XYZ Mapping

XYZ Mapping

High resolution XYZ mapping technology from TDW pairs global positioning system (GPS) coordinates at above-ground locations with inertial mapping. The result: highly accurate data to support your pipeline integrity program.

This system provides operators with a detailed map of key pipeline features, including:

  • Girth welds
  • Valves
  • Fittings
  • Anomalies

XYZ mapping technology also allows you to monitor pipeline displacement and calculate bending strain. Additionally, if you need to conduct an excavation, the system will guide you to the right spot – eliminating the time and expense of “walking the pipeline.”

Best used for: gas and liquid pipeline systems; the technology is scaled for pipelines from 6 inches through 48 inches in diameter

Key features:

  • Provides sub-meter GPS coordinates for an entire pipeline.
  • Technology reveals the precise centerline trajectory of pipelines in latitude, longitude, and elevation.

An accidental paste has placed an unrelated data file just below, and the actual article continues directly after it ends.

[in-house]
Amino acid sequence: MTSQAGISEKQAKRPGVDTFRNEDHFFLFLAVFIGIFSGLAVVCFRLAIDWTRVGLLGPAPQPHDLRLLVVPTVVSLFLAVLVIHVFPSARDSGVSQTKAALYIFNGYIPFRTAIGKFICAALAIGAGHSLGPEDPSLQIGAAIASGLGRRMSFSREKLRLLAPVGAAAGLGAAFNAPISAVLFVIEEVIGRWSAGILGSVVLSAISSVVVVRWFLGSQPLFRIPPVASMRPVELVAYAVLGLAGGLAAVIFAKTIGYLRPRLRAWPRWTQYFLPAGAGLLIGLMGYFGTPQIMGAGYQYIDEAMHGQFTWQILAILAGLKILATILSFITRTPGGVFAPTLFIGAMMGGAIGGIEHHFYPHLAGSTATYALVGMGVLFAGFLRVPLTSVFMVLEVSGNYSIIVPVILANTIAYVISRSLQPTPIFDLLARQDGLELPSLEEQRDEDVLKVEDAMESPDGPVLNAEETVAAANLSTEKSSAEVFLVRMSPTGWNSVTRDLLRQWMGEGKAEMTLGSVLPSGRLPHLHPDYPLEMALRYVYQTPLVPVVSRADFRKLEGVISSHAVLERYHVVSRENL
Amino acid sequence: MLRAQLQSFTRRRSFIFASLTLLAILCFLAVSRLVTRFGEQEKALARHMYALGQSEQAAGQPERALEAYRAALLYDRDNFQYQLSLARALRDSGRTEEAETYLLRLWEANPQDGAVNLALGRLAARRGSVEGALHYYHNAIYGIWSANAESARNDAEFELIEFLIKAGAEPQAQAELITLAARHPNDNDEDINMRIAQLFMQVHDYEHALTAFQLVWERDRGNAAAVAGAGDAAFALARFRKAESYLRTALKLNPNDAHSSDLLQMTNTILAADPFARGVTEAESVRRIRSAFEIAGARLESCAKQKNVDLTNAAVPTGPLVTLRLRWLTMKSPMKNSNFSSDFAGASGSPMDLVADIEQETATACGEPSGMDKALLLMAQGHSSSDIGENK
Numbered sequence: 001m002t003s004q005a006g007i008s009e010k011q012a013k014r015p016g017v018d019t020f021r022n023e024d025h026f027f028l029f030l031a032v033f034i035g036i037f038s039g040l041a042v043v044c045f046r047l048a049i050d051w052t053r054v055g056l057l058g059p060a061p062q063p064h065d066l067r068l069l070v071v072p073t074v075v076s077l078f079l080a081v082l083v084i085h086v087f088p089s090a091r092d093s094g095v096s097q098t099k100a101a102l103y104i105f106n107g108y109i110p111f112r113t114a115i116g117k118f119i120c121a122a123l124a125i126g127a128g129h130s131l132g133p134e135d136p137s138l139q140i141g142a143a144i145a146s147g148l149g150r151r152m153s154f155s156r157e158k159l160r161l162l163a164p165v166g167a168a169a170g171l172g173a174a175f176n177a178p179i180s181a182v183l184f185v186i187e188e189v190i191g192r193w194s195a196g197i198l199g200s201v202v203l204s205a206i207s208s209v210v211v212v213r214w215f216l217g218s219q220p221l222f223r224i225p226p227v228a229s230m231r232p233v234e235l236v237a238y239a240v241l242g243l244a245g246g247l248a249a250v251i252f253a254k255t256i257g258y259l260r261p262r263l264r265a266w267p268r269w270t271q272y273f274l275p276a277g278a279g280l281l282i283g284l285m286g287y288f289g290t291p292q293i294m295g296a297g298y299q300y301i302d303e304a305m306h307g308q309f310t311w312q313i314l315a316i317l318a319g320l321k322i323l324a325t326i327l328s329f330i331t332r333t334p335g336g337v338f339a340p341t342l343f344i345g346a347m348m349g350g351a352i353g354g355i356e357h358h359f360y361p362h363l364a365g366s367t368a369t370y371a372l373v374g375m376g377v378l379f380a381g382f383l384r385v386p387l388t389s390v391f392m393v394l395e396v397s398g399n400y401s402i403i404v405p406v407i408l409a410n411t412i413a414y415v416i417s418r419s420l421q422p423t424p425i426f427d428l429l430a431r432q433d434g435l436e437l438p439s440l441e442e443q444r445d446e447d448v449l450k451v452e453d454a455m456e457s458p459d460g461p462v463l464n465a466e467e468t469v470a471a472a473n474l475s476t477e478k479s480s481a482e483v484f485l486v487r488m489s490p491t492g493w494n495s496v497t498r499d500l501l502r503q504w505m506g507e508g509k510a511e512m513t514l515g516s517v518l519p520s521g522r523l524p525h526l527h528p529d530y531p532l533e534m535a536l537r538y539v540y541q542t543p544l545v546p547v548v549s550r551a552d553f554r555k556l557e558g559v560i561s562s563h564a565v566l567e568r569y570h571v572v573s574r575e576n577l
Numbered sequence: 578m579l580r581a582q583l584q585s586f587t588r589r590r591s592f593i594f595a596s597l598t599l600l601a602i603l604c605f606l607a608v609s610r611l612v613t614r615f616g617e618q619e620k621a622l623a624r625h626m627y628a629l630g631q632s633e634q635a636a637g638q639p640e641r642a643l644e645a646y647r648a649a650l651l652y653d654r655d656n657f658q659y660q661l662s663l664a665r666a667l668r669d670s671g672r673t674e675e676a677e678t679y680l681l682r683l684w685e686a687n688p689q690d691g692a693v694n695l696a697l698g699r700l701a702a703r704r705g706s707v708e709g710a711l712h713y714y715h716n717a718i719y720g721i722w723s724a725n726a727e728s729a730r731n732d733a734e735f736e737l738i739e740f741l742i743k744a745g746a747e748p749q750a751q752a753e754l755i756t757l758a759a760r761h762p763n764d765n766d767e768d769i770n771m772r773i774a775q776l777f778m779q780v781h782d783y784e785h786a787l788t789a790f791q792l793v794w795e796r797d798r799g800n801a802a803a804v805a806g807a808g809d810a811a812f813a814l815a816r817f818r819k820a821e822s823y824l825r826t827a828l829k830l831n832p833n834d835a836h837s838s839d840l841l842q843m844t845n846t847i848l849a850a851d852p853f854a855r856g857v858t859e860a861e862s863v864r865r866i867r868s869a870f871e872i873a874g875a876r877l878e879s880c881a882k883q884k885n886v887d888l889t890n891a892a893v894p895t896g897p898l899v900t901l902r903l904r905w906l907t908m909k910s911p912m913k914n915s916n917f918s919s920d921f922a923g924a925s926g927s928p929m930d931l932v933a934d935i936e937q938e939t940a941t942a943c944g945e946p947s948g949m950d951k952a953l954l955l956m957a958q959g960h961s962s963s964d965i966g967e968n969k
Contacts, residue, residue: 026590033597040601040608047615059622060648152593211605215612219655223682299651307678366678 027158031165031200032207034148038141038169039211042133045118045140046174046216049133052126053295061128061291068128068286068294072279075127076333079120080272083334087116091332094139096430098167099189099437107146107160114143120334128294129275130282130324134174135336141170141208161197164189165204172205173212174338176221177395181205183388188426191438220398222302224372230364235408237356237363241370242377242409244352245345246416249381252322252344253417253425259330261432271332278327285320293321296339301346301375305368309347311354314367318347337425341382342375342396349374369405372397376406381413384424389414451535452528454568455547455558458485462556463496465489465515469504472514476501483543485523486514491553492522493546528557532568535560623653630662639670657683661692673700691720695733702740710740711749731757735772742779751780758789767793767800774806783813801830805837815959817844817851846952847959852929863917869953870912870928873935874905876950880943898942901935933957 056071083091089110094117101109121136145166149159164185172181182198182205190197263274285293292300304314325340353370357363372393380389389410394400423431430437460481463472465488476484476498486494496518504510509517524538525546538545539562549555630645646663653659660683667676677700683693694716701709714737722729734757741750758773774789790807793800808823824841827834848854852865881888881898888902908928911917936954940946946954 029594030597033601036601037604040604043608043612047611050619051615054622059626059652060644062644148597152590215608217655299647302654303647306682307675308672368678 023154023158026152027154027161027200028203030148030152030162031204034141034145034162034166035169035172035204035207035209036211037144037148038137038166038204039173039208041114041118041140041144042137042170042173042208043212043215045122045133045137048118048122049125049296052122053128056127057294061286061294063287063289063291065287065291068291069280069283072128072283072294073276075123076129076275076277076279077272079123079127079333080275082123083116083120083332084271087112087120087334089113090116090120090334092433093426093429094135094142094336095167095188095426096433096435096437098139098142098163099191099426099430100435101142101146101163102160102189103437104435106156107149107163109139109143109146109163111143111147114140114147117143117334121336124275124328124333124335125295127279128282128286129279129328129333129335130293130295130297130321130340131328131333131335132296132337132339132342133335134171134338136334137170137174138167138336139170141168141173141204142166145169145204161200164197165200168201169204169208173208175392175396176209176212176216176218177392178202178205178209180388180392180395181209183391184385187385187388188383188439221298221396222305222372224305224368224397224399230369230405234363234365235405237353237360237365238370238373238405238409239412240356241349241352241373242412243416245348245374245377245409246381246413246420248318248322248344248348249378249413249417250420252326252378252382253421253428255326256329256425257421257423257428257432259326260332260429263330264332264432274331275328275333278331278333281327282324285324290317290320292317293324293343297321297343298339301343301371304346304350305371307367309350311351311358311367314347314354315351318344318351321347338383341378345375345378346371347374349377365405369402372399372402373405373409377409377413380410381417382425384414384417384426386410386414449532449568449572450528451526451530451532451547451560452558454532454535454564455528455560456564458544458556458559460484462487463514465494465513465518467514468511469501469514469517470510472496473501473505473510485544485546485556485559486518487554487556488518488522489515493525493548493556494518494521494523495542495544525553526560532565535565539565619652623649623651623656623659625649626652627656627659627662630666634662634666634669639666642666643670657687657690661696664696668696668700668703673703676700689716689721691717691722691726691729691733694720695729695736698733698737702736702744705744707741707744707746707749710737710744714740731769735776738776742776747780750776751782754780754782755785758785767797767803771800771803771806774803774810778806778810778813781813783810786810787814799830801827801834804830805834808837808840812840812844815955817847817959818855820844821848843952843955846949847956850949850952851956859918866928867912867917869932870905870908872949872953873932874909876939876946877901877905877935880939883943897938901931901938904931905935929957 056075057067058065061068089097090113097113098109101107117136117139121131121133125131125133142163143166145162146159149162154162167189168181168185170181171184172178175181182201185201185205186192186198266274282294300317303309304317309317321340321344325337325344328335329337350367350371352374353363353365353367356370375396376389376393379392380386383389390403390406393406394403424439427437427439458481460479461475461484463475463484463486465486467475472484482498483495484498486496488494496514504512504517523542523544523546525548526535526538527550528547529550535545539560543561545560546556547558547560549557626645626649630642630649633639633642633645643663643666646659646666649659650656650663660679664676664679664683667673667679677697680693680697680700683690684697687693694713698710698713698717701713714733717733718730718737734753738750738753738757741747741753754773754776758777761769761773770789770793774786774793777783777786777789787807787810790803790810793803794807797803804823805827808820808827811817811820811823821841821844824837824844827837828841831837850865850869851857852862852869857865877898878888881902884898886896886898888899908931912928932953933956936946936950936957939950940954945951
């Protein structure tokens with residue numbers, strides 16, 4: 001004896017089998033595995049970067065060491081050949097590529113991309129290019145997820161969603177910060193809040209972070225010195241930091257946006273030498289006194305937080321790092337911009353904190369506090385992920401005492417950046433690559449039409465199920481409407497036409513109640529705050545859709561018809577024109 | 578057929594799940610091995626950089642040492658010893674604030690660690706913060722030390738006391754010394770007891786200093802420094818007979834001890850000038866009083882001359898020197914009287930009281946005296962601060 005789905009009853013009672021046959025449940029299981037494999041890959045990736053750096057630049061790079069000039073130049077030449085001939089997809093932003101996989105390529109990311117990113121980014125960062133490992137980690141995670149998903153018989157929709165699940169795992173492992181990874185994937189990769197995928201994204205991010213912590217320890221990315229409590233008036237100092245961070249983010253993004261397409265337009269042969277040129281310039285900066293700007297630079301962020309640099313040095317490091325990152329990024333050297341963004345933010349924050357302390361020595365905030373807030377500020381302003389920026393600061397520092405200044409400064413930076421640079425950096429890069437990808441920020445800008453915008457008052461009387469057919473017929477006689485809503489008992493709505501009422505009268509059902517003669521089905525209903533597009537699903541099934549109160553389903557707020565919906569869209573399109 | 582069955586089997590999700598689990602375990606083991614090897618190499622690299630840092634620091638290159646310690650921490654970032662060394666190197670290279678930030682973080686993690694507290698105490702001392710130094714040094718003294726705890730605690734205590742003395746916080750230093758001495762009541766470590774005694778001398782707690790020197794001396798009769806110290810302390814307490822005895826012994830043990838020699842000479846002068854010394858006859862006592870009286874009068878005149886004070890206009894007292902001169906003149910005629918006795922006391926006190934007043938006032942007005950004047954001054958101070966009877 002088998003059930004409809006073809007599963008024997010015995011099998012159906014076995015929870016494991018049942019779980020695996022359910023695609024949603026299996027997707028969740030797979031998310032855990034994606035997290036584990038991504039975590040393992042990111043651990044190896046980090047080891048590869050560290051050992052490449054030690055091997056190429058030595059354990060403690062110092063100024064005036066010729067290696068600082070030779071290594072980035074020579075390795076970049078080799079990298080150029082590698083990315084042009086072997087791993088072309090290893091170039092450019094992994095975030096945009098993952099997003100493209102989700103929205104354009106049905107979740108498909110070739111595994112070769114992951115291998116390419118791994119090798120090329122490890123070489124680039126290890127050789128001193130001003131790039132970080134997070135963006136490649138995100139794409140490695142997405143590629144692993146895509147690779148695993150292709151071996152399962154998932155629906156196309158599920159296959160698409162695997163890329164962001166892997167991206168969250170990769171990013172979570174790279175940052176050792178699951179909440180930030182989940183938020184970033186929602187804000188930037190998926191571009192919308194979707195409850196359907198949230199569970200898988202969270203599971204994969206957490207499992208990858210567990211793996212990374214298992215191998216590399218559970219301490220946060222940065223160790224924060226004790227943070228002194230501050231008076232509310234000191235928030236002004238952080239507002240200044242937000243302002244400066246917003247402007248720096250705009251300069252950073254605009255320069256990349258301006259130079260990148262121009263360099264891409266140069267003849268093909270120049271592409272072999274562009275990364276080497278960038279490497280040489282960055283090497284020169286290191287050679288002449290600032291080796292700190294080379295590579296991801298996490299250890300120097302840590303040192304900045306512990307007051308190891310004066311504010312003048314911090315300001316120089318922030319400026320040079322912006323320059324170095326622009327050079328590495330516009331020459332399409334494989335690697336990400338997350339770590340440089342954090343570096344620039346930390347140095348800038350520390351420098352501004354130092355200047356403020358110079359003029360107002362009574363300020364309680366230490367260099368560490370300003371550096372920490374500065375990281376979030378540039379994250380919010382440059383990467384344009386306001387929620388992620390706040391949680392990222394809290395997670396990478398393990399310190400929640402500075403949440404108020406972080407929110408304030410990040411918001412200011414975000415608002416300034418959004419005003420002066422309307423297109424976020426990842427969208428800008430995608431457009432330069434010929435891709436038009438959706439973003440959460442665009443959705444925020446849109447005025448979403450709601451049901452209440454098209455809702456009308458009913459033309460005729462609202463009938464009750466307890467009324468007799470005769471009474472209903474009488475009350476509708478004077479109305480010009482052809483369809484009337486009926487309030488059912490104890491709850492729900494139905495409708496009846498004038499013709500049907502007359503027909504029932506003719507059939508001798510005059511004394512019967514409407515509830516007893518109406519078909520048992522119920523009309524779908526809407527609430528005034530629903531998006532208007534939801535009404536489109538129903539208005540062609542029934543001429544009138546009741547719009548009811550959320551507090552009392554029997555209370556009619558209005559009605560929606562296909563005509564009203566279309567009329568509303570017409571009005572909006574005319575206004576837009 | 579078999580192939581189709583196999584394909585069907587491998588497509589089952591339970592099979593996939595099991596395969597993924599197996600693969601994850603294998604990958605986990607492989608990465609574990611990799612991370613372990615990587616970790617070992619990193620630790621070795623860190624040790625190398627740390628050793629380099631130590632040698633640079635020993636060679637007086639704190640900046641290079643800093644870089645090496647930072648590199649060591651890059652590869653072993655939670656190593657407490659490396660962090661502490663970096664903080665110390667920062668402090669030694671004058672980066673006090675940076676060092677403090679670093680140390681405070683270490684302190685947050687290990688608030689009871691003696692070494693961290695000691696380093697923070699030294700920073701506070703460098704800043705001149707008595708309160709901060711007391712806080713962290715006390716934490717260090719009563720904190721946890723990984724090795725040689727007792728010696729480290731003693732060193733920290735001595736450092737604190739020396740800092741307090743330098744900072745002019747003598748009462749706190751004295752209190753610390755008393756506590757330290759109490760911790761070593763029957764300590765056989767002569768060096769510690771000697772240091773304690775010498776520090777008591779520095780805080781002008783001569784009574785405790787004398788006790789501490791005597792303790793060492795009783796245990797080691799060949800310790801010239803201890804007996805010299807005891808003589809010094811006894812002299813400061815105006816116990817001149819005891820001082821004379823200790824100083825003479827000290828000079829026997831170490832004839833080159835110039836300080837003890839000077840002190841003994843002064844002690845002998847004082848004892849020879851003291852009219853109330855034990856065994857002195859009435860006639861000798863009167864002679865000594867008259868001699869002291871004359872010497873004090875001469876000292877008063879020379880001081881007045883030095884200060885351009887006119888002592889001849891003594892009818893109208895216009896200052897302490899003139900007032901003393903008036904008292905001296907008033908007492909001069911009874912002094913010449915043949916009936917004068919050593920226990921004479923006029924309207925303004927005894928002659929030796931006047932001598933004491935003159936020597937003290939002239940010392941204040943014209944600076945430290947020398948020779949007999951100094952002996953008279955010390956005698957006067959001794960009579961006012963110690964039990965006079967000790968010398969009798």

• Assists with identifying bending strain.

FAQs:

  • What kinds of inline inspection tools can be paired with this technology? The XYZ mapping technology can be paired with our deformation (DEF) tools to inspect pipeline geometry. Operators also opt to combine the mapping solution with magnetic flux leakage (MFL) technology for metal loss inspections in small-diameter liquid lines; with gas magnetic flux leakage (GMFL) for metal loss inspections in natural gas pipelines; and with the Multiple Dataset (MDS) platform during comprehensive assessments for multiple threats.
  • How close do control points need to be spaced? Surveyed control point locations must be spaced at intervals that allow no more than 35 to 45 minutes of tool time to accrue in between points. If the inspection vehicle maintains a consistent speed, surveyed intervals may be a maximum distance of 3 km (1.9 mi).
  • Are there any control point locations that are not recommended and/or negatively impact accuracy of the above-ground survey results?Yes:
    • Downstream of any combination of fittings or heavy wall pipe that could cause the inspection tool to surge as it exits the section. Detecting vehicle passage during a surge is much less reliable than at steady speeds.
    • Within 3 meters (9.8 feet) of a casing end or directly over a casing. Casings cause distortion in above ground marker (AGM) signals, making passage time difficult to determine.
    • Near cathodic protection transformers, pumping stations, generators, high voltage power lines, or any other known source of electrical noise that might interfere with the AGMs.
    • Areas with very weak GPS signal strength due to poor sky visibility.